Antimony gains support in Europe amid coronavirus outbreak uncertainty
Published: Tuesday, 04 February 2020
The impact of the coronavirus outbreak from Wuhan city, China, is positively affecting antimony prices in Europe, with low stocks in Rotterdam and the market heavily dependent on supply from China.
The East Asian country accounts for 78% of
global antimony output, according to the United States Geologic
Fastmarkets assessed the
price for antimony max 100 ppm Bi, in-whs Rotterdam at
$5,850-6,150 per tonne on Friday, January 31, up by 3.4% from
$5,650-6,150 per tonne on Wednesday.
Fastmarkets assessed the
price of antimony, standard grade II, in-warehouse
Rotterdam at $5,800-6,000 per tonne on Friday, up by 2.6%
from $5,600-5,900 per tonne two days before.
A combination of low inventories in Rotterdam - especially for
trioxide-grade antimony - and logistical concerns, after
regional and local Chinese authorities delayed businesses
reopening until February 10 at the earliest, have supported the
metal’s price action.
"Everybody is sold out at this point and not only in Rotterdam,
[it’s true for] Indian traders and in other
locations, the market is getting tight," a European trader
Stock levels for trioxide-grade antimony were already limited
before the Lunar New Year, with some traders delaying their
purchases over December and January due to a stagnant
"I am offering $6,350 per tonne today… it
wasn’t accepted but I’m not going to
lower it because there is no cheap material any longer," a
Europe-based trader said.
Despite the hefty offers, deals concluded between $5,850 per
tonne and $6,000 per tonne for standard-grade II. Although, for
now, some consumers are still assessing the situation,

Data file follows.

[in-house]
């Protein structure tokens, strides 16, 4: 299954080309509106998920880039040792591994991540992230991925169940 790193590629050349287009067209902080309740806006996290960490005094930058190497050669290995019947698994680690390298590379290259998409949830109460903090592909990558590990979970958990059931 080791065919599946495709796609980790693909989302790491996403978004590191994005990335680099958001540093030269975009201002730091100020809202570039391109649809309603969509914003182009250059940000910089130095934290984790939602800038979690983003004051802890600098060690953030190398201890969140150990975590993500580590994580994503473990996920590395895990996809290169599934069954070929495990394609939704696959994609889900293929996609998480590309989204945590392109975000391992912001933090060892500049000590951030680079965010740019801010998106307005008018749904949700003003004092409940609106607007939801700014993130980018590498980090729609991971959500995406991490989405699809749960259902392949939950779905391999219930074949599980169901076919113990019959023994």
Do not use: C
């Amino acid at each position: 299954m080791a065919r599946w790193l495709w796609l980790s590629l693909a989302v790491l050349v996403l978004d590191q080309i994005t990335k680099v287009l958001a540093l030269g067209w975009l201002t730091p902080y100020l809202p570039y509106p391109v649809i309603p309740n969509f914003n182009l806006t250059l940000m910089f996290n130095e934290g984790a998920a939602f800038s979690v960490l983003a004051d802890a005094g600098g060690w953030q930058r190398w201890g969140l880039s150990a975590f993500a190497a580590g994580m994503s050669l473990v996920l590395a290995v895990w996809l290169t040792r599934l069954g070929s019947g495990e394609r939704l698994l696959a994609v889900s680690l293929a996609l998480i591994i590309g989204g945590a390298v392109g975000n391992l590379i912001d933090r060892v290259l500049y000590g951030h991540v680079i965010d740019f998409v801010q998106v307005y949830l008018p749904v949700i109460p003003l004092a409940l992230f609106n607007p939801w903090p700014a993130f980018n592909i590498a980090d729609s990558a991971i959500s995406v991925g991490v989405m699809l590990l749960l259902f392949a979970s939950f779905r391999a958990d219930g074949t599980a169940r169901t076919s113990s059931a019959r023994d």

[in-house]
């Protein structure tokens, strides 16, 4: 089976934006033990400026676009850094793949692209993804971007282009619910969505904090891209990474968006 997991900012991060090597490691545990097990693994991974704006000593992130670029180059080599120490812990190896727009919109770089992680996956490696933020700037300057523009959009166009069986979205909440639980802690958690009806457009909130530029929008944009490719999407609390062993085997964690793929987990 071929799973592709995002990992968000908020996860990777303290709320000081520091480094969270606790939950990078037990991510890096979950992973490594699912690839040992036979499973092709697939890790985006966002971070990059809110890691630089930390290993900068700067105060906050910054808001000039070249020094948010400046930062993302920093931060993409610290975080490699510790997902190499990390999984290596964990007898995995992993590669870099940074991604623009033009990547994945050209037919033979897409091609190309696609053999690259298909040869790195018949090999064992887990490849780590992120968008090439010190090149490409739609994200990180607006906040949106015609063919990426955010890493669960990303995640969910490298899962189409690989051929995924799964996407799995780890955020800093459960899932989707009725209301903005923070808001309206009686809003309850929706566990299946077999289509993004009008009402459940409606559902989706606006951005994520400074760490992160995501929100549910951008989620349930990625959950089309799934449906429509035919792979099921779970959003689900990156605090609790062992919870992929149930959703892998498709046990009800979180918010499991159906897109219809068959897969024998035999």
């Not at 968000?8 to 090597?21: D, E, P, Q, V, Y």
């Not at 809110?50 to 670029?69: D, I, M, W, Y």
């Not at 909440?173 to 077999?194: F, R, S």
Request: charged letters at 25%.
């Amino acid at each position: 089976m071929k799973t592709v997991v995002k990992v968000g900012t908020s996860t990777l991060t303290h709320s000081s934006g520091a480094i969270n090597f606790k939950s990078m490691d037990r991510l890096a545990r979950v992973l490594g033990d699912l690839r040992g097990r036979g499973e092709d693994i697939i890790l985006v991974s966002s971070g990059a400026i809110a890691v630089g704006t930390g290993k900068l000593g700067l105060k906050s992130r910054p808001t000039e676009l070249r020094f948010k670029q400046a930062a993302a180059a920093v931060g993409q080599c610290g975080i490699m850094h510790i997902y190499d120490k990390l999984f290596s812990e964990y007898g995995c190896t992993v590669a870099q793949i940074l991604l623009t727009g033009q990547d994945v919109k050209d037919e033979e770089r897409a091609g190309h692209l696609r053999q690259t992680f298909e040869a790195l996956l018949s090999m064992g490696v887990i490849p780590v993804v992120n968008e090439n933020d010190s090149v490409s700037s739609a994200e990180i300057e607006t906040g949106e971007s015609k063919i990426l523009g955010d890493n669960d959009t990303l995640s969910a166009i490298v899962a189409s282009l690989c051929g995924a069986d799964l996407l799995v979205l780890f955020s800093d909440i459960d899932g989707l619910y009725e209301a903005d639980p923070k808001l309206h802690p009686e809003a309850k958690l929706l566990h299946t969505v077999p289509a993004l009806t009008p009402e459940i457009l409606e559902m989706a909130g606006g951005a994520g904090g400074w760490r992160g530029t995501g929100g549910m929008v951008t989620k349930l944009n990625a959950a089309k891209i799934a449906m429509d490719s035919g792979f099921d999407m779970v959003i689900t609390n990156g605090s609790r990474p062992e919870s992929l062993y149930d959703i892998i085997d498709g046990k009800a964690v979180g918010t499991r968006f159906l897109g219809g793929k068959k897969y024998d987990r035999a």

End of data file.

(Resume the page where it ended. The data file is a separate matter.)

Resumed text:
Fastmarkets was told.
Some traders are taking a cautious approach and will not offer
material until the situation becomes clear, sources said.
"I am keeping my material because I have shipments and
commitments to meet. If I sell now, I am not sure I will find a
replacement in the short term," a second European trader
More disruption to
Additionally, market sources that spoke to Fastmarkets
mentioned a potential full closure between China and
For the time being, Vietnam has banned all flights coming from
mainland China, Hong Kong and Macau until May 1, the country
announced on Friday.
The northern province of Lang Son has closed the border between
Vietnam and China and imposed restrictions on the La Cao
border, local media reported.
These closures are not related to the stricter enforcement of
anti-smuggling, which is
already in place along the China-Vietnam border channel,
but could give leverage to sellers to increase prices, sources
"With Vietnam out of the picture, cheap material will vanish,"
a third European trader said.
But even in the case of border closures, some sources remain
skeptical of the true impact that blocking this path will
"You can survive two months without Chinese material," a second
European trader said. "There is material from other parts of
the world, like the United States or Mexico, and production
from Vietnam and Myanmar can be shipped into Europe directly,"
the second trader said.